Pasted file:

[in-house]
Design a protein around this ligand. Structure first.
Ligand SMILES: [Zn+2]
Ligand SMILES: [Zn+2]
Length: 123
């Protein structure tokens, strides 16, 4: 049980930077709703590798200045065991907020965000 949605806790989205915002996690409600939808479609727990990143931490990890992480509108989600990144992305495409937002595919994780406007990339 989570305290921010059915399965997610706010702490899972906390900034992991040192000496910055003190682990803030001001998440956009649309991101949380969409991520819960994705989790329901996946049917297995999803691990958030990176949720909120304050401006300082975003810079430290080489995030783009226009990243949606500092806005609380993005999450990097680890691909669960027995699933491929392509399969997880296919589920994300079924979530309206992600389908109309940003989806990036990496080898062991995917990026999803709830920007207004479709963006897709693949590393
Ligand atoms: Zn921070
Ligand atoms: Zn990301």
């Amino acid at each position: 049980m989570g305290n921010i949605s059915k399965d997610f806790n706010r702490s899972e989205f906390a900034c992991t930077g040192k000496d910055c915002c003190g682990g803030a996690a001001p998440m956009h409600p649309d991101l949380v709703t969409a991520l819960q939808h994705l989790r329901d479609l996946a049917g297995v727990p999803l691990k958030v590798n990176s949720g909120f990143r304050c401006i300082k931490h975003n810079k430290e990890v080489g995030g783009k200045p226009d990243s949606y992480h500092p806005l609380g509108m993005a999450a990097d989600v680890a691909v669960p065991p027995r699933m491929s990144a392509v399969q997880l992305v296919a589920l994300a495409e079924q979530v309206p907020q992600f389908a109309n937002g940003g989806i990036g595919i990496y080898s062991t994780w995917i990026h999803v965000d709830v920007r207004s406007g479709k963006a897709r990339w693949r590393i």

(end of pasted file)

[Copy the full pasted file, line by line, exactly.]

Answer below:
[in-house]
Design a protein around this ligand. Structure first.
Ligand SMILES: [Zn+2]
Ligand SMILES: [Zn+2]
Length: 123
């Protein structure tokens, strides 16, 4: 049980930077709703590798200045065991907020965000 949605806790989205915002996690409600939808479609727990990143931490990890992480509108989600990144992305495409937002595919994780406007990339 989570305290921010059915399965997610706010702490899972906390900034992991040192000496910055003190682990803030001001998440956009649309991101949380969409991520819960994705989790329901996946049917297995999803691990958030990176949720909120304050401006300082975003810079430290080489995030783009226009990243949606500092806005609380993005999450990097680890691909669960027995699933491929392509399969997880296919589920994300079924979530309206992600389908109309940003989806990036990496080898062991995917990026999803709830920007207004479709963006897709693949590393
Ligand atoms: Zn921070
Ligand atoms: Zn990301």
């Amino acid at each position: 049980m989570g305290n921010i949605s059915k399965d997610f806790n706010r702490s899972e989205f906390a900034c992991t930077g040192k000496d910055c915002c003190g682990g803030a996690a001001p998440m956009h409600p649309d991101l949380v709703t969409a991520l819960q939808h994705l989790r329901d479609l996946a049917g297995v727990p999803l691990k958030v590798n990176s949720g909120f990143r304050c401006i300082k931490h975003n810079k430290e990890v080489g995030g783009k200045p226009d990243s949606y992480h500092p806005l609380g509108m993005a999450a990097d989600v680890a691909v669960p065991p027995r699933m491929s990144a392509v399969q997880l992305v296919a589920l994300a495409e079924q979530v309206p907020q992600f389908a109309n937002g940003g989806i990036g595919i990496y080898s062991t994780w995917i990026h999803v965000d709830v920007r207004s406007g479709k963006a897709r990339w693949r590393i």